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Firefox 66 Will Silence AutoPlay Audio and Video (Updated)

Updated, 3/19/19, 7:30am PT: Mozilla has released Firefox 66 to the public. In addition to blocking auto-play content, the release introduces support for web authentication using Windows Hello, scroll anchoring to prevent web pages from jumping around when additional content loads, and various improvements to search. More information about Firefox 66 can be found in the release notes on Mozilla's website.

Original article, 2/5/19, 7:54am PT:

Many of us can hardly remember a time when visiting a website didn’t result in a pop-up requesting permission to send notifications, a fly-over snidely prompting us to sign up for a newsletter and at least one video that starts playing as soon as the page loads. Mozilla announced today that it wants to address one of those problems by preventing videos from automatically playing in its upcoming Firefox 66 browser. 

Firefox 66 is expected to debut on March 19, and when it does, it will stop any source of audio from playing until you ask it to. Muted videos will continue to play automatically—much to the chagrin of people who don’t have the RAM to spare.

There are some exceptions. The most important one is for sites that Firefox users “whitelist” themselves.

“There are some sites on which users want audible autoplay audio and video to be allowed. When Firefox for Desktop blocks autoplay audio or video, an icon appears in the URL bar. Users can click on the icon to access the site information panel, where they can change the ‘Autoplay sound’ permission for that site from the default setting of ‘Block’ to ‘Allow’. Firefox will then allow that site to autoplay audibly. This allows users to easily curate their own whitelist of sites that they trust to autoplay audibly," Mozilla explained.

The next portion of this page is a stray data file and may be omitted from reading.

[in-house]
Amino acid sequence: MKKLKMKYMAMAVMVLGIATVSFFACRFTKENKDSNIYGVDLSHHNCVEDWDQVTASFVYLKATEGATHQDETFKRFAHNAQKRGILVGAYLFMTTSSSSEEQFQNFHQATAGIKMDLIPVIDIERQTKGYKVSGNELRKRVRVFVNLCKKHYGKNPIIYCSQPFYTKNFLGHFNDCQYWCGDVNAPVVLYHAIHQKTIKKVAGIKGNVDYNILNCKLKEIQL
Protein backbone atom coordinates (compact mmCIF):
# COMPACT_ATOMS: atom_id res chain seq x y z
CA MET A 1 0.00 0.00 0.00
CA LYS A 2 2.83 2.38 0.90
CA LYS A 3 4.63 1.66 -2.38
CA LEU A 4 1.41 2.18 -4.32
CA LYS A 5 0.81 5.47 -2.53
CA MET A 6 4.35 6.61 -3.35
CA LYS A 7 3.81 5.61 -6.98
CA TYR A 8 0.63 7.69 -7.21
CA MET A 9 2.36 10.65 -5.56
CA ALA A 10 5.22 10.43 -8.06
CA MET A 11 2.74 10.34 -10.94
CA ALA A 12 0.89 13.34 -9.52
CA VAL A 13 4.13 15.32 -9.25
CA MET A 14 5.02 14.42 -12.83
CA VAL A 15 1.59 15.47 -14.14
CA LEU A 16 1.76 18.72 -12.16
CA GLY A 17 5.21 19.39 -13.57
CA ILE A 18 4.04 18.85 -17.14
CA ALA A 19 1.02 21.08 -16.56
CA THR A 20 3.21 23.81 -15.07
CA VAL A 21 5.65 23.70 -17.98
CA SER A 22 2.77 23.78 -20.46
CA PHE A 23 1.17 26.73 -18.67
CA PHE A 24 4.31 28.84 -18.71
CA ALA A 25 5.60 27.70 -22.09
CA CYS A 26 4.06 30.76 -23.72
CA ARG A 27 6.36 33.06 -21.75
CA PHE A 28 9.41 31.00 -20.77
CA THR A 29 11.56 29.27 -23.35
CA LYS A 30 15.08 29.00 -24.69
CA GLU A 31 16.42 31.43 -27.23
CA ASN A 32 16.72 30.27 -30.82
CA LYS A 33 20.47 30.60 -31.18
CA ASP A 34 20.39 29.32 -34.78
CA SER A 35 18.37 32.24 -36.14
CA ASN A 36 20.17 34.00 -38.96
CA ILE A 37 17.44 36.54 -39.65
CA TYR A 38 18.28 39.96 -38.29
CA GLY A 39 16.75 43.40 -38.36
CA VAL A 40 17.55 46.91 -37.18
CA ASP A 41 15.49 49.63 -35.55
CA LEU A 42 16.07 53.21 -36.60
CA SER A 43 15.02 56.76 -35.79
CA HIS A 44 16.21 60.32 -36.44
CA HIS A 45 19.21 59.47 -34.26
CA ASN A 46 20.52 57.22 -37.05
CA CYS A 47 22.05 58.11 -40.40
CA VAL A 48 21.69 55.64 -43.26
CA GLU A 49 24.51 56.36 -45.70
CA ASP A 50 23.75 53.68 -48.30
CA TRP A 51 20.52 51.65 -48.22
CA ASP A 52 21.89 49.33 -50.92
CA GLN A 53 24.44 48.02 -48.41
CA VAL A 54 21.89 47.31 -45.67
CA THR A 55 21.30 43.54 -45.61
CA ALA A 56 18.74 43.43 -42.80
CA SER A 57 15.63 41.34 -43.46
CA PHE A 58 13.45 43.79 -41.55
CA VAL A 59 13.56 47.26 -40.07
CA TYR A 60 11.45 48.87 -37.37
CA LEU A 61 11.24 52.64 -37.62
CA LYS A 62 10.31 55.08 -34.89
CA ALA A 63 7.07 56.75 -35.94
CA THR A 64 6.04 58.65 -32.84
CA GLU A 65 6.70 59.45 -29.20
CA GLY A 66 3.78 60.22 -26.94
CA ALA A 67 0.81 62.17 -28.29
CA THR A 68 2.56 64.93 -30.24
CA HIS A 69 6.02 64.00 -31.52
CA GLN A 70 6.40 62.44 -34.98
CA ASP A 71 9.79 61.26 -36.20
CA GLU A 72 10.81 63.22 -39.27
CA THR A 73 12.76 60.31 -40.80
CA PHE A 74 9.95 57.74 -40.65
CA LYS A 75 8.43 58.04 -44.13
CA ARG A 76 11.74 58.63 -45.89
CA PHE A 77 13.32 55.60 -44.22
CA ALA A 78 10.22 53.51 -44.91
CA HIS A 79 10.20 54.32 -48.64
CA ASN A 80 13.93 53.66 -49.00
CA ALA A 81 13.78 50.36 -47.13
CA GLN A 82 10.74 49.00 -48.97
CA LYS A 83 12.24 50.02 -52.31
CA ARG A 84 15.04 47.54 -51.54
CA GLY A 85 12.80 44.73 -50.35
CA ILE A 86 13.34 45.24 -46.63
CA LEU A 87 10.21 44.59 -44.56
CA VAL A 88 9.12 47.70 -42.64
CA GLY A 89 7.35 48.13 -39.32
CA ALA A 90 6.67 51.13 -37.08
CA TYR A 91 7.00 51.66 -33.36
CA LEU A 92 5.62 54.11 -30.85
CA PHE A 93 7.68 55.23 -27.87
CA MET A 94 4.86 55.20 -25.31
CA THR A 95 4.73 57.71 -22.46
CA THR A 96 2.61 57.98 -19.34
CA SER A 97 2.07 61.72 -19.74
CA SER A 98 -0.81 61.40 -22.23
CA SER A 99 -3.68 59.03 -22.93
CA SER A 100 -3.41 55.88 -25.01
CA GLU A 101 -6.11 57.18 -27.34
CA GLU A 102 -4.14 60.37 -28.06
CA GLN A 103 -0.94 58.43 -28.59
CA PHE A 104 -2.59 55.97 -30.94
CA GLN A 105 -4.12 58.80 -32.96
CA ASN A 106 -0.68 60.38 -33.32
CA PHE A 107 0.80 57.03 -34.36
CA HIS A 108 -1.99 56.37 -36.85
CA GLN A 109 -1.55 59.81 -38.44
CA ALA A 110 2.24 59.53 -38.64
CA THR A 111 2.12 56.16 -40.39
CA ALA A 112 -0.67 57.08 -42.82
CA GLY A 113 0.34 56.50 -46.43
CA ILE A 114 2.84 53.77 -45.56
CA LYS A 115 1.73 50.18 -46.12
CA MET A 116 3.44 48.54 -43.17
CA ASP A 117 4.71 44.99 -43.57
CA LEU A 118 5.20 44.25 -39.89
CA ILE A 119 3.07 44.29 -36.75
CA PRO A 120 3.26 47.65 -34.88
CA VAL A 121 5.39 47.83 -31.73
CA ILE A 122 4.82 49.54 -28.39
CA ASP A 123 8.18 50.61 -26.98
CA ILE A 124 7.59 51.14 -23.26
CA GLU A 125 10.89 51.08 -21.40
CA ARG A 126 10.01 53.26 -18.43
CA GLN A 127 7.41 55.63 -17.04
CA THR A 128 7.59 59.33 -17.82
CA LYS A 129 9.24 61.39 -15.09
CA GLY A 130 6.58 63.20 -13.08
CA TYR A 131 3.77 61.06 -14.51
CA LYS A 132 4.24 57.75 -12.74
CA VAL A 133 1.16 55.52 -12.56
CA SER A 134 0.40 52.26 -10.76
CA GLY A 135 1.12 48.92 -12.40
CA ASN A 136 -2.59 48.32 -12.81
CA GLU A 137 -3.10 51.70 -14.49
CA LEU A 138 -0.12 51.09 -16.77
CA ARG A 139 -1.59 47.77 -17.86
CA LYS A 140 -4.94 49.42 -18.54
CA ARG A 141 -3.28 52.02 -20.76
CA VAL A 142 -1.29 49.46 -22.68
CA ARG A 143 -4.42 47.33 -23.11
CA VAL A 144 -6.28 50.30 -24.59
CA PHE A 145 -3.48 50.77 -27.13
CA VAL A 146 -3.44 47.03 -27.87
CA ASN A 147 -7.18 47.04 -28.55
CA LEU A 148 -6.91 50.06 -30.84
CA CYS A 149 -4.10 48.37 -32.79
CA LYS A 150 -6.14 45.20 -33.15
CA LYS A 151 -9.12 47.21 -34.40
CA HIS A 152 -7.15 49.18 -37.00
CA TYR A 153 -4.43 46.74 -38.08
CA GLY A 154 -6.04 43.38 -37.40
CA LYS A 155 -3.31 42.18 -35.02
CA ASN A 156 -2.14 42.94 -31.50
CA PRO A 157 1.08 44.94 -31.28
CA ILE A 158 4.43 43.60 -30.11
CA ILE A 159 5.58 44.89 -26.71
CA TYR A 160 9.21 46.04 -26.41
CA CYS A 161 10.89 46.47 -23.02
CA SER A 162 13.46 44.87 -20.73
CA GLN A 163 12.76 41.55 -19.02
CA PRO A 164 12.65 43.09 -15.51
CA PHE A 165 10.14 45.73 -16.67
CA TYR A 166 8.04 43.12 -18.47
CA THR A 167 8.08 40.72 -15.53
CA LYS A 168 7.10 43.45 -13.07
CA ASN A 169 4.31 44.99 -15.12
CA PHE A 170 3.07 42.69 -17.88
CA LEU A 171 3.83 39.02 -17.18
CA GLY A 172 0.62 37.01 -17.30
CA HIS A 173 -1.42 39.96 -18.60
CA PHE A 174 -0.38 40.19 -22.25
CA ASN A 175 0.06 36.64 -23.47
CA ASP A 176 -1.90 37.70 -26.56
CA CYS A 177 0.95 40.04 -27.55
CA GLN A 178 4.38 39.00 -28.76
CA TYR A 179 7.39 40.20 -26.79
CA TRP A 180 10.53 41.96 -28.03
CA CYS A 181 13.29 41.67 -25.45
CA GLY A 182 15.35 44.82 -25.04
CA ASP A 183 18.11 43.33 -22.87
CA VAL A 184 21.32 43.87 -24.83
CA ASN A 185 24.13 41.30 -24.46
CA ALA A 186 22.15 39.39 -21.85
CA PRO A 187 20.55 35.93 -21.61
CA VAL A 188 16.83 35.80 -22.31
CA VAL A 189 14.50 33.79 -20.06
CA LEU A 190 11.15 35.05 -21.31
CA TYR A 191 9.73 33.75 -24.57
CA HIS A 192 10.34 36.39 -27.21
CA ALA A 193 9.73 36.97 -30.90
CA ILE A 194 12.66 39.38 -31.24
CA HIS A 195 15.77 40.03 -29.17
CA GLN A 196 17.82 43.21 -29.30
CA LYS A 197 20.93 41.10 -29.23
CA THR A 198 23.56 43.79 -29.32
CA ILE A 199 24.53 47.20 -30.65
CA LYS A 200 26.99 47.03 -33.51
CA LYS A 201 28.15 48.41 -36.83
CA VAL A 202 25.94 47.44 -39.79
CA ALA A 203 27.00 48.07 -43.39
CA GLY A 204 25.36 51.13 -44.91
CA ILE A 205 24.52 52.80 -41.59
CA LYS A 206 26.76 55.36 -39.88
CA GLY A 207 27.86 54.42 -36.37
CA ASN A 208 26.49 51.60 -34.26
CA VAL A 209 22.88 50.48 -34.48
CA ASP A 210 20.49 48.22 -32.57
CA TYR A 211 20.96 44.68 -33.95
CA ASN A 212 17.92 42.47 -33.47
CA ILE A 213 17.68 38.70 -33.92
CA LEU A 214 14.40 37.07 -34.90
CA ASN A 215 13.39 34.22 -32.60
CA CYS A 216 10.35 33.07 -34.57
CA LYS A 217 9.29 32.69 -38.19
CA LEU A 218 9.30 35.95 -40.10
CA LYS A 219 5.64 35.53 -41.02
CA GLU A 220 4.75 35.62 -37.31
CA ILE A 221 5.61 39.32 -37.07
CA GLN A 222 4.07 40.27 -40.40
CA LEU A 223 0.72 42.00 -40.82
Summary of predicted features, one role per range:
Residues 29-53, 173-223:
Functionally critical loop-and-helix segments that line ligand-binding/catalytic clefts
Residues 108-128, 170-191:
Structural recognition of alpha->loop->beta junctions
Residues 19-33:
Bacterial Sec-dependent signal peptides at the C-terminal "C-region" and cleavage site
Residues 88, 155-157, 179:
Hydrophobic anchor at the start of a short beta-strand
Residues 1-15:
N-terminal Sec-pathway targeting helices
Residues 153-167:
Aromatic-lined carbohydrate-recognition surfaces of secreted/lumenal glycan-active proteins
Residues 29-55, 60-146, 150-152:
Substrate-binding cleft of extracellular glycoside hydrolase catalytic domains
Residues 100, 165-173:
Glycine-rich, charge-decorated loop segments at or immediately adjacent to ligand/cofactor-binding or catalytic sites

Firefox 66 will also let sites that people have allowed to access their camera or microphone to automatically play audible content. This is supposed to ensure “that sites which have explicit user permission to run WebRTC should continue to work as they do today.” 

The initial version of this tool will only block audio played via HTMLMediaElement. Audio served via the Web Audio API won’t be blocked via the initial version of this tool because Mozilla hasn’t finalized its implementation for that feature. However, Mozilla said  “we expect to ship with autoplay Web Audio content blocking enabled by default sometime in 2019.” Until that happens, Firefox 66 will only block a portion of the annoying noises emanating from web pages, (and yes, we understand that Tom’s Hardware is throwing a stone inside a glass house).